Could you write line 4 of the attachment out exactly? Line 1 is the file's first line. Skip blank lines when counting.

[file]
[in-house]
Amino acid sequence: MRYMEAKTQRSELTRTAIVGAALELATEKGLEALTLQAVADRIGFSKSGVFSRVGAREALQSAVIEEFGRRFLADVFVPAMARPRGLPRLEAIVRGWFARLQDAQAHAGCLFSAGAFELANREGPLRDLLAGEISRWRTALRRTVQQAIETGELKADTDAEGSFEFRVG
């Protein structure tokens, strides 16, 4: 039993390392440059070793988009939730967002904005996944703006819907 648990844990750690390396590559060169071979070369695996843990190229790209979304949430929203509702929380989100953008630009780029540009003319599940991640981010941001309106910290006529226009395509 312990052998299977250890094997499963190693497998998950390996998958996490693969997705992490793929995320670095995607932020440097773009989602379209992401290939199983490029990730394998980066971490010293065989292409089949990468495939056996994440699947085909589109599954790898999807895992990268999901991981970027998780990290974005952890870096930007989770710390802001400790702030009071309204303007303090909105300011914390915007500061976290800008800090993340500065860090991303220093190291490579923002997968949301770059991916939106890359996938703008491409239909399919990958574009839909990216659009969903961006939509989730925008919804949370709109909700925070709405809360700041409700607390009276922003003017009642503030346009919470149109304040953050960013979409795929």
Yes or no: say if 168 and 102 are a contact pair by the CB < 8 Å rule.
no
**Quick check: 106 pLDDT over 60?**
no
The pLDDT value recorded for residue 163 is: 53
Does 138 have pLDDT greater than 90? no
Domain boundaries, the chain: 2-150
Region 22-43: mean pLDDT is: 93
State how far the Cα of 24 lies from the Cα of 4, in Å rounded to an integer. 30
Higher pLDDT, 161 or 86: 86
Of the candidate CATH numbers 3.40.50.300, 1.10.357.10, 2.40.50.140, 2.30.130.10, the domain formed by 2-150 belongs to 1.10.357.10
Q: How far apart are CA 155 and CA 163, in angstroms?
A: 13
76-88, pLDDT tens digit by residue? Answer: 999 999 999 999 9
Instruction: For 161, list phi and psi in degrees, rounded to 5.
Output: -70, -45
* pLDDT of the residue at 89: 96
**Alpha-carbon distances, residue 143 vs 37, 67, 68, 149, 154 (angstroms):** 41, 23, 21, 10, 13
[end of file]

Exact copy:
Yes or no: say if 168 and 102 are a contact pair by the CB < 8 Å rule.